Monday, June 27, 2005

"Supreme Court" rules against Ten Commandments

The Associated Press
Updated: 11:06 a.m. ET June 27, 2005
WASHINGTON - The Supreme Court on Monday struck down certain Ten Commandments displays inside courthouses but gave more leeway when such exhibits are on the grounds of public property.
The justices found that a six-foot granite monument on the grounds of the Texas Capitol does not cross the line between church and state.
In an earlier ruling, however, the justices held that two courthouse exhibits in Kentucky crossed the line between separation of church and state because they promoted a religious message.

In that 5-4 decision, the court declined to prohibit all displays in court buildings or on government property. Justices left legal wiggle room, saying that some displays — like their own courtroom frieze — would be permissible if they’re portrayed neutrally in order to honor the nation’s legal history.
But framed copies in two Kentucky courthouses went too far in endorsing religion, the court held.
“The touchstone for our analysis is the principle that the First Amendment mandates government neutrality between religion and religion, and between religion and nonreligion,” Justice David Souter wrote for the majority.
“When the government acts with the ostensible and predominant purpose of advancing religion, it violates the central Establishment clause value of official religious neutrality,” he said.
Souter was joined in his opinion by other members of the liberal bloc — Justices John Paul Stevens, Ruth Bader Ginsburg and Stephen Breyer, as well as Reagan appointee Sandra Day O’Connor, who provided the swing vote.
Scalia writes dissentIn a dissent, Justice Antonin Scalia argued that Ten Commandments displays are a legitimate tribute to the nation’s religious and legal history.
Government officials may have had a religious purpose when they originally posted the Ten Commandments display by itself in 1999. But their efforts to dilute the religious message since then by hanging other historical documents in the courthouses made it constitutionally adequate, Scalia said.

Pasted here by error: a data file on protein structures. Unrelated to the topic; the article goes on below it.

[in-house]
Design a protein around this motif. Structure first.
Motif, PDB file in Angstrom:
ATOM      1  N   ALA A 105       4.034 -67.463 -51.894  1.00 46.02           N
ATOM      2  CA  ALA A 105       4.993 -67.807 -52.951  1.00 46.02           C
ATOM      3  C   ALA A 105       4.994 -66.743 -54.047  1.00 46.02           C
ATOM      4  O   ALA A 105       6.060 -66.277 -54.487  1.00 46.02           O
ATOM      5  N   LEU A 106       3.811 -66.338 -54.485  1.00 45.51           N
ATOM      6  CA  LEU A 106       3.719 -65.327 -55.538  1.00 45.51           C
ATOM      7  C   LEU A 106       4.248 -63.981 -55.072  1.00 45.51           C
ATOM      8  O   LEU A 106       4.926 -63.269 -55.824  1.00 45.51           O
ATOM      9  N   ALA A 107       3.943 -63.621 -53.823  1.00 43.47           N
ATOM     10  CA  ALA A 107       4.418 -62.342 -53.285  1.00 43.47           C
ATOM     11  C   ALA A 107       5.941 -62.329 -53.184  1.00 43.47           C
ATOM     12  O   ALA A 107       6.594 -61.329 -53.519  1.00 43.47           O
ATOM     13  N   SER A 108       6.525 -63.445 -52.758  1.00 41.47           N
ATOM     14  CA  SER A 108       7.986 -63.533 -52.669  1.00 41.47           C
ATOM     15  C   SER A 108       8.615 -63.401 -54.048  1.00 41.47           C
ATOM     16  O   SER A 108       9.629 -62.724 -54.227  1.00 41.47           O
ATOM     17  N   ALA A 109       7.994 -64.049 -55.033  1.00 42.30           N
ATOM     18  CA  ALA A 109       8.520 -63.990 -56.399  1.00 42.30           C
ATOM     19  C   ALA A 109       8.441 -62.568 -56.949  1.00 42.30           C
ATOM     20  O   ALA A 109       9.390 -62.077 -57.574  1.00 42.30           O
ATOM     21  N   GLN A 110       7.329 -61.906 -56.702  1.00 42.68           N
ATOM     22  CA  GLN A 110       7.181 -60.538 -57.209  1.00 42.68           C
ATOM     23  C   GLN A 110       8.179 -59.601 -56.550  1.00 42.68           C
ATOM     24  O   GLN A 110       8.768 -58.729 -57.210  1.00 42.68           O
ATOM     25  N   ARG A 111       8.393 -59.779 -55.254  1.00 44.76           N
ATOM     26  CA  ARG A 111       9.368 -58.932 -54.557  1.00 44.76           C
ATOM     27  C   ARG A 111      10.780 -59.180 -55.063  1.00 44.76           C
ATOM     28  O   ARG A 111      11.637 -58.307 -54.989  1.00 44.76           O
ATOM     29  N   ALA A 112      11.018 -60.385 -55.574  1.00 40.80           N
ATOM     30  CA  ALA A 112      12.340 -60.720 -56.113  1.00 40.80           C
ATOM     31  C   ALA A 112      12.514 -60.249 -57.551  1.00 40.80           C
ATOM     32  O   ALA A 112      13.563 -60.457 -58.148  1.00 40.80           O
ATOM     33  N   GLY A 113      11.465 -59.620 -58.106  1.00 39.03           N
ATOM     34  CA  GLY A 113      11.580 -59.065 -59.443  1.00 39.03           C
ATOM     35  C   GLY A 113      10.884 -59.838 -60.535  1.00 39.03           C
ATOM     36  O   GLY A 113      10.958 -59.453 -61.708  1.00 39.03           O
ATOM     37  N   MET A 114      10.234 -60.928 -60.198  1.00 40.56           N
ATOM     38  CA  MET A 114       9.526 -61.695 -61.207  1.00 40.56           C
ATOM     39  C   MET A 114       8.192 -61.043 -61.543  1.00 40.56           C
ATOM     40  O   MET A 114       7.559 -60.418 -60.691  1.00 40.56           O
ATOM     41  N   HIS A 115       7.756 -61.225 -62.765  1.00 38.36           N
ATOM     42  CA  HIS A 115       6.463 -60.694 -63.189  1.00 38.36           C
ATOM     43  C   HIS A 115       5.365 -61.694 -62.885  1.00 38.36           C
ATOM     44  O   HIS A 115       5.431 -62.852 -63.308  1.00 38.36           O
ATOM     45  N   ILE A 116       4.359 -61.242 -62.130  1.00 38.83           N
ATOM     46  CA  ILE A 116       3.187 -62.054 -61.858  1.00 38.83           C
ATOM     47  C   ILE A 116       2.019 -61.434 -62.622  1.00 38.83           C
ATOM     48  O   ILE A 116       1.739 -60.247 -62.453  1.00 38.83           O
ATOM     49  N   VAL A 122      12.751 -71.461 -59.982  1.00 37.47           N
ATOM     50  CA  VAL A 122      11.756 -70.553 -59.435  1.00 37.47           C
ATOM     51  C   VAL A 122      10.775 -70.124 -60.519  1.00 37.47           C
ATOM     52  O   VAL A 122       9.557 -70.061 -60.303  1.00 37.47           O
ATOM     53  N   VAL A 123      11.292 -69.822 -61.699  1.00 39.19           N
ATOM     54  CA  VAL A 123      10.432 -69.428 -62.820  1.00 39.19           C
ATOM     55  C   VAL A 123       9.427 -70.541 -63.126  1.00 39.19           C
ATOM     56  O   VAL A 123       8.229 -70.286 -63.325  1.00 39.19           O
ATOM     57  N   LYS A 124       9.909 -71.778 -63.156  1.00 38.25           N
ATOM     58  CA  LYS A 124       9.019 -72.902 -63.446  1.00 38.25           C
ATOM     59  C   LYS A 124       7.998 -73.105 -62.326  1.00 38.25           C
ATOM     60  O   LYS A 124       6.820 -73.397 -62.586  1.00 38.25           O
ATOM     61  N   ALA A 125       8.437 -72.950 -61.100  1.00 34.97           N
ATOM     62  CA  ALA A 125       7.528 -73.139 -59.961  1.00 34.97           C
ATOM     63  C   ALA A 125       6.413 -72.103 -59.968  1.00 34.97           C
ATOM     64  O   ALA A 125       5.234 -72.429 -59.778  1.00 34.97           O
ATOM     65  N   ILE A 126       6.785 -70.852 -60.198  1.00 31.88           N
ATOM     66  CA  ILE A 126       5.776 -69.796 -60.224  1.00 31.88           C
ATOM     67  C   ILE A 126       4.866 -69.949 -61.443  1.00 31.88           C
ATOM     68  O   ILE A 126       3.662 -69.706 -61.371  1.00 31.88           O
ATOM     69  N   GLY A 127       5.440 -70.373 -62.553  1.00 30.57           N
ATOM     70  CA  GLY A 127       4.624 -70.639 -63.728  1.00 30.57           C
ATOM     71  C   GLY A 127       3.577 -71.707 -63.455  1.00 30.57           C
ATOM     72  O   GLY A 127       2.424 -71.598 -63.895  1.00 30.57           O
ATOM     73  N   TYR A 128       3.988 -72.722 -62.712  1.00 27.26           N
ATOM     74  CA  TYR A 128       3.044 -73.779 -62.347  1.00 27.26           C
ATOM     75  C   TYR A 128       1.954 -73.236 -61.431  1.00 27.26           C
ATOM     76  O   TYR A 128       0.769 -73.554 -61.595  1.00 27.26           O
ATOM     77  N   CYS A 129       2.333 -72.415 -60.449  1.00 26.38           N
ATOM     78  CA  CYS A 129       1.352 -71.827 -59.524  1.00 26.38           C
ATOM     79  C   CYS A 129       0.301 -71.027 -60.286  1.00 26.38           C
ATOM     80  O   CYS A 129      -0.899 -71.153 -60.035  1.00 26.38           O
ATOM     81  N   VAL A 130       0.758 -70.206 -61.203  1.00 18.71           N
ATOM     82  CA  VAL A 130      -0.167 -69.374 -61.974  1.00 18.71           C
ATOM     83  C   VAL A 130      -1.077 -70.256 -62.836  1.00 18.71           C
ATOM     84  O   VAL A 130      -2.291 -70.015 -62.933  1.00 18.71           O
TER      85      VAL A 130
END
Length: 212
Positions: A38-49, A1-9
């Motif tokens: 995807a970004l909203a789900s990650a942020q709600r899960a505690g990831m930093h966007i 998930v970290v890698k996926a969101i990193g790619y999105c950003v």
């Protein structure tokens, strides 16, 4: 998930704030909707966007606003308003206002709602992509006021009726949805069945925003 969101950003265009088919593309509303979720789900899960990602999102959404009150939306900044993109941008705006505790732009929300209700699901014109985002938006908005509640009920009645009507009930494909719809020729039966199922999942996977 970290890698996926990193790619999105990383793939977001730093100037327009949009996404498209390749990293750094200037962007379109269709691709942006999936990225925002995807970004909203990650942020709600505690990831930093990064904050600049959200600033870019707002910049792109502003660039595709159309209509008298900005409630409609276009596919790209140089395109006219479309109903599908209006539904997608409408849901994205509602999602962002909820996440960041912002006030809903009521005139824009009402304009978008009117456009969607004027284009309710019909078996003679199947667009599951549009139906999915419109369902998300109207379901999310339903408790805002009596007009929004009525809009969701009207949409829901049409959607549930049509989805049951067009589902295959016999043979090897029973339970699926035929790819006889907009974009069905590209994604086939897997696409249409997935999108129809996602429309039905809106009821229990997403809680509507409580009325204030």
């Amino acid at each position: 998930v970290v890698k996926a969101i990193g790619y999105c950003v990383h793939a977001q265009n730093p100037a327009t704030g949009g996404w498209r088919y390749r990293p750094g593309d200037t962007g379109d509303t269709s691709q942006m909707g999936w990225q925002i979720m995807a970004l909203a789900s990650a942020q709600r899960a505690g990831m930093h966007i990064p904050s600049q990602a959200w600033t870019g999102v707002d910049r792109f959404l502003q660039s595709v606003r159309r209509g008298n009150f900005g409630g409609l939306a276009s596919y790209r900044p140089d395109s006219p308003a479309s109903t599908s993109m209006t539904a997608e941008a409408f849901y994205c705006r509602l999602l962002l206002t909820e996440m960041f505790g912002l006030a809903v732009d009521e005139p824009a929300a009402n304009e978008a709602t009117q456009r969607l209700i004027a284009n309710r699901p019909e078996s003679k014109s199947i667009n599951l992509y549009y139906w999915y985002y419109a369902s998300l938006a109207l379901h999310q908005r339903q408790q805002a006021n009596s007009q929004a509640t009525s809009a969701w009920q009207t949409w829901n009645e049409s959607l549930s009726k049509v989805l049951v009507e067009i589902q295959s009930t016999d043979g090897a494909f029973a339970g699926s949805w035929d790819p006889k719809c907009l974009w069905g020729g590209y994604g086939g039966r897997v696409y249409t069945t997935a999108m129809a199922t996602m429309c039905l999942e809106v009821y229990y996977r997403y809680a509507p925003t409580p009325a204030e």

He was joined in his opinion by Chief William Rehnquist, as well as Justice Anthony Kennedy and Clarence Thomas.
“In the court’s view, the impermissible motive was apparent from the initial displays of the Ten Commandments all by themselves: When that occurs: the Court says, a religious object is unmistakable,” he wrote. “Surely that cannot be.”
“The Commandments have a proper place in our civil history,” Scalia added.
Earlier oral argumentsThe justices heard oral arguments in the Kentucky and Texas cases last March.
The Bush administration, via acting Solicitor General Paul Clement, argued against a strict First Amendment wall between church and state.

Key 2004-2005 Supreme Court casesTen Commandments displays should be allowed on government property because they pay tribute to America’s religious and legal history, he argued in court. “The idea of having a fence around the Ten Commandments to make clear the state has nothing to do with it, I think that is bending it too far,” said
David Friedman, an attorney for the American Civil Liberties Union who is challenging courthouse displays in Kentucky, countered: “An assertion that the Ten Commandments is THE source, THE foundation of our legal system ... that is simply wrapping the Ten Commandments in the flag, and that’s endorsement.”
In their comments and questions from the bench, justices were reluctant to adopt a blanket ban on such displays. They struggled to formulate a clear constitutional rule that could determine the fate of thousands of religious symbols on public property around the country, including one in their own courtroom featuring Moses holding the sacred tablets.
Justice Antonin Scalia noted that legislative proclamations and prayer invoking God’s name are permissible. “I don’t see why the one is good and the other is bad,” he said.
Texas case backgroundDuring oral arguments in the Texas case, Erwin Chemerinsky, a lawyer representing a man who sought the removal of the tablet, told the justices the display is a “religious symbol.” The prominence of the display on the capitol grounds and the fact that so many of the commandments deal with God “does promote religion,” he maintained.
Texas Attorney General Greg Abbott, in his court filing, wrote that “countless monuments, medallions, plaques, sculptures, seals, frescoes, and friezes — including, of course, the Supreme Court’s own courtroom frieze — commemorate the Decalogue. Nothing in the Constitution requires these historic artifacts to be chiseled away or erased.”
Chemerinsky countered that “the government’s symbolic endorsement of religion is most obvious from the content of the monument itself. In large letters, the monument proclaims ’I AM the LORD thy God.”’
Ten Commandments monuments are common in town squares, courthouses and other government-owned land around the country. At issue was whether they violate the First Amendment ban on any law “respecting an establishment of religion,” or simply represent a secular tribute to America’s legal heritage.
The question has sparked dozens of heated legal battles, including one in Alabama by Roy Moore. He lost his job as chief justice a year ago after defying a federal order to remove a 5,300-pound Ten Commandments monument he had installed in the state courthouse.

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